The Power of Military Indoctrination

Jacob G. Hornberger – June 16, 2020

A sad article in the New York Times this week entitled “He Died at War. The Pandemic Gave Me Time to Grieve” by a young woman named Kelsey Baker is a testament to the success of the U.S. national-security establishment in indoctrinating soldiers and, well, lots of civilians as well.

The article details Baker’s deep grief over the loss of her boyfriend, 34-year-old Diego Pongo, a U.S. Marine gunnery sergeant from California who was recently killed in a firefight with ISIS insurgents in some isolated part of northern Iraq.

The couple met at a gym a couple of years ago and immediately hit it off. At the time, Baker herself was in the Marines and was preparing to deploy to Iraq. Soon after she returned, the military sent him to Iraq. Obviously wracked by grief, Baker writes:

“Before his final mission, Diego called me from his team site to tell me he loved me, just in case anything happened. We had been arguing more frequently, and he wanted to remind me that despite the friction he still loved me. I told him the same and teased that if anything happened, I would find a way to bring him back to earth because I wasn’t finished with him yet.”

What I find fascinating about the article is how there is no anger or rage expressed against President Trump or the U.S. government, especially the national-security branch of the government. After all, it was the Trump’s Pentagon that ordered Pongo to deploy to Iraq. If it hadn’t done that, he would still be alive today and the couple would likely be planning their wedding.

I am fairly certain that such a radical thought doesn’t even enter Baker’s mind. In her mind, a soldier being sent to Iraq is just as normal as being transferred to a domestic military base. It’s just part of the job description.

She writes:

I was thankful I had never lost any of my own Marines in my career, but Arlington reminded me that it was always a possibility. Now, my first trip to Arlington will be to bury Diego.

Not losing any her own Marines is what enters her mind, not whether she and her Marines should have been in Iraq killing people and dying at the hands of people who were opposing the presence of U.S. troops in Iraq.

Iraq is about 6,000 miles away from the United States. There is no possibility — none — that ISIS is going to invade the United States. There never was such a possibility. The only possibility was that ISIS might oust the Iraqi regime that the U.S. invasion installed into power. But even if that happened, there would still be no possibility that an ISIS-ruled Iraq would or could invade the United States.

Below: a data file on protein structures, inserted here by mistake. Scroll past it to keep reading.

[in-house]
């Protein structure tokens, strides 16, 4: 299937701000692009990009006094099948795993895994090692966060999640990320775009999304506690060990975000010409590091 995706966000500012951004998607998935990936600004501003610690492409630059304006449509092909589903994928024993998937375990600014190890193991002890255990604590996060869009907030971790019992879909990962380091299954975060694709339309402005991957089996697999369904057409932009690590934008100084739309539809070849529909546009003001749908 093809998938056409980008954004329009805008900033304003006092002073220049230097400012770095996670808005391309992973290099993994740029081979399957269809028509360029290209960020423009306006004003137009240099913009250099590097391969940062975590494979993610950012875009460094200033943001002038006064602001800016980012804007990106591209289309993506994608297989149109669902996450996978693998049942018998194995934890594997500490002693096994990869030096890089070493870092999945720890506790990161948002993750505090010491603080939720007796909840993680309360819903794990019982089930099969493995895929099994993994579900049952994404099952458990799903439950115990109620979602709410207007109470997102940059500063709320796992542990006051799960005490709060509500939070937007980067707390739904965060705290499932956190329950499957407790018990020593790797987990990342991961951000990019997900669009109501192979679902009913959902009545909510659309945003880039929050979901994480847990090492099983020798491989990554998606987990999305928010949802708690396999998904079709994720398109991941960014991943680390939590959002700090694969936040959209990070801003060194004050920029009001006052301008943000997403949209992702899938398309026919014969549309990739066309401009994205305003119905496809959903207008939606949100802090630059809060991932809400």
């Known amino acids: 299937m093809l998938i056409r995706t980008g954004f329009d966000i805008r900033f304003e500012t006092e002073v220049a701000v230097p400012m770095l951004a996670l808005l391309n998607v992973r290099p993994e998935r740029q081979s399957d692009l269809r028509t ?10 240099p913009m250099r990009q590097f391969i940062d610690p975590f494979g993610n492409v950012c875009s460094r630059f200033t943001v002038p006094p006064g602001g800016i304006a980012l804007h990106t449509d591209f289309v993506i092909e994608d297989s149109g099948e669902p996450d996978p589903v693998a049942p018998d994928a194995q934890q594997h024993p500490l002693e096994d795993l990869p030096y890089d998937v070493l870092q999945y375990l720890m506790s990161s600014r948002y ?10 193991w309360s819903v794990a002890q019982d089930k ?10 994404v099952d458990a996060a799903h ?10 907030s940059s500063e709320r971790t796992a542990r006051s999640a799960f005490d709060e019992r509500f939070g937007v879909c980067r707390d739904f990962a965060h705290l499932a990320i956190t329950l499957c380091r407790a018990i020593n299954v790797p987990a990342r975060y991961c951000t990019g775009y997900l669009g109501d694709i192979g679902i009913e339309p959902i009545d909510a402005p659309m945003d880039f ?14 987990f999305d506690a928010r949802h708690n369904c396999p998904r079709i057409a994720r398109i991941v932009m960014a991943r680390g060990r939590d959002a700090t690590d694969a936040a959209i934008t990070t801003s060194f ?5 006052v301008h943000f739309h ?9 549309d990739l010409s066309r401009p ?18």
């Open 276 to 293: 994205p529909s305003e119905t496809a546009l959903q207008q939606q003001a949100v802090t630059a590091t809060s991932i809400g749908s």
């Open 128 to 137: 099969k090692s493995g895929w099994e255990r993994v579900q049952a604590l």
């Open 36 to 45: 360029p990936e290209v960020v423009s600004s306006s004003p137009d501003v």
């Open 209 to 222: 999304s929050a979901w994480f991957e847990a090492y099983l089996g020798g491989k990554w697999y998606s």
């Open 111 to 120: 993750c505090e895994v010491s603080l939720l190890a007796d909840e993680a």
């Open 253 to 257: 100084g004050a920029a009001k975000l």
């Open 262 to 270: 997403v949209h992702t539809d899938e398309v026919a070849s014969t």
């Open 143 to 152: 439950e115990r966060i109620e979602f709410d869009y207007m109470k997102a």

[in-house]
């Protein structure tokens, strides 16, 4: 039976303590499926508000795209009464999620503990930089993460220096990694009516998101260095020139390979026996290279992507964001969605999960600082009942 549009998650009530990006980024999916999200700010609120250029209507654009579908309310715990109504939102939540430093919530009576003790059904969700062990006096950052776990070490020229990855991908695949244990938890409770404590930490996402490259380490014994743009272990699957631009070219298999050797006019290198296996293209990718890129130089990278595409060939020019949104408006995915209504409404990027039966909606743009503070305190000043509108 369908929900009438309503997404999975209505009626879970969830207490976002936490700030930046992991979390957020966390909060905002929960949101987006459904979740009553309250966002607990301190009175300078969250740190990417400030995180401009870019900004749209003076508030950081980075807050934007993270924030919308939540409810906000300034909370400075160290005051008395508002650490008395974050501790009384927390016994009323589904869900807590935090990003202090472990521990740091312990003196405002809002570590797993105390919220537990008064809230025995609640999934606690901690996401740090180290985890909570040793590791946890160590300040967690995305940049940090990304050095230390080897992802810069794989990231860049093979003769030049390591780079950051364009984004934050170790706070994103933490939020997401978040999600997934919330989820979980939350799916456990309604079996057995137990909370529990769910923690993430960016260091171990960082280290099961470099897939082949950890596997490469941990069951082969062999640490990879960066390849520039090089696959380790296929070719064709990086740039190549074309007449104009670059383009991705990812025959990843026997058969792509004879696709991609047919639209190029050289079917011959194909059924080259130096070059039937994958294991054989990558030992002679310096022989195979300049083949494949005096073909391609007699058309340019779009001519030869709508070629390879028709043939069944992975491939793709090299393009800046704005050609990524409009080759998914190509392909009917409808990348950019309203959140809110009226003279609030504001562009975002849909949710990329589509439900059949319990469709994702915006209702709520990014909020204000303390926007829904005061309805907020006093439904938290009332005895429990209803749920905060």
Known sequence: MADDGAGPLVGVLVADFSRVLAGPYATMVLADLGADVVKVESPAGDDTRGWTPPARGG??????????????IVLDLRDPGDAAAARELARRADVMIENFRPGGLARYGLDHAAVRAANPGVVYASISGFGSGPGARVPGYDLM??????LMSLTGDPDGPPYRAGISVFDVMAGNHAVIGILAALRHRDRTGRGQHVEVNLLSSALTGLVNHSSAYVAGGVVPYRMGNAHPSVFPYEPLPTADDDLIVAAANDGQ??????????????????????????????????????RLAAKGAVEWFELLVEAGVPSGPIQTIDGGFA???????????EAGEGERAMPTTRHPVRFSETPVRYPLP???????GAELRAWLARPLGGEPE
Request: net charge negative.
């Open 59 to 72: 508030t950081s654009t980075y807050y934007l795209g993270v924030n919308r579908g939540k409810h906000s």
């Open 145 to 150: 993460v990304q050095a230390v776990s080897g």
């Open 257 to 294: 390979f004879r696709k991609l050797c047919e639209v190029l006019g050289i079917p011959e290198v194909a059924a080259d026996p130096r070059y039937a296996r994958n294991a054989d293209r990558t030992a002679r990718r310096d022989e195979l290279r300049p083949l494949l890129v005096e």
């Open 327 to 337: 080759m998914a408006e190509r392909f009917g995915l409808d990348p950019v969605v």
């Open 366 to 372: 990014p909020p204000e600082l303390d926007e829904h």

Moreover, it’s important to keep in mind that ISIS formed in response to the U.S. invasion of Iraq in 2003 and its subsequent 8-year brutal and deadly occupation of the country, which killed thousands of Iraqi people. It’s also important to keep in mind that the U.S. invasion was what the Nuremberg War Crimes Tribunal called a “war of aggression,” a criminal offense in which one nation-state attacks and invades another nation-state.

After many years of brutal and deadly occupation, the U.S.-installed Iraqi regime ordered U.S. forces to leave the country in 2011. In 2014, however, faced with the rise of ISIS, the Iraqi regime invited U.S. forces back into the country, an invitation accepted by President Obama.

Recently, the Iraqi parliament, in response to President Trump’s assassination of Iranian Maj. Gen. Qassim Suleimani on Iraqi soil, enacted a resolution demanding that U.S. forces again exit the country. President Trump has refused to comply with the resolution, which is why Pongo was over there and got killed.

Thus, the deployments of Baker and Pongo to Iraq were nothing more than fruits of the original rotten interventionist tree. They, along with other U.S. soldiers, had no more business in Iraq than U.S. soldiers did in Vietnam. A foreign nation’s civil war is no business of the U.S. government, especially when the civil war is the direct result of criminal activity on the part of the U.S. government.

Too bad that Baker can’t see any of this. Too bad she cannot see that while ISIS forces killed her boyfriend, President Trump and the Pentagon share responsibility for his death by sending him to a foreign land 6,000 miles away and putting him in the position of kill or be killed. Too bad she can’t see that neither she nor Pongo belonged in Iraq. Too bad she can’t see that her loved one has died for nothing. Too bad the same holds true for many American civilians. It’s all a testament to the power of military indoctrination.

Originally published at Jacob G. Hornberger is founder and president of The Future of Freedom Foundation. He was born and raised in Laredo, Texas, and received his B.A. in economics from Virginia Military Institute and his law degree from the University of Texas. He was a trial attorney for twelve years in Texas. He also was an adjunct professor at the University of Dallas, where he taught law and economics. In 1987, Mr. Hornberger left the practice of law to become director of programs at the Foundation for Economic Education. He has advanced freedom and free markets on talk-radio stations all across the country as well as on Fox News’ Neil Cavuto and Greta van Susteren shows and he appeared as a regular commentator on Judge Andrew Napolitano’s show Freedom Watch. View these interviews at and from Full Context. Send him email.  

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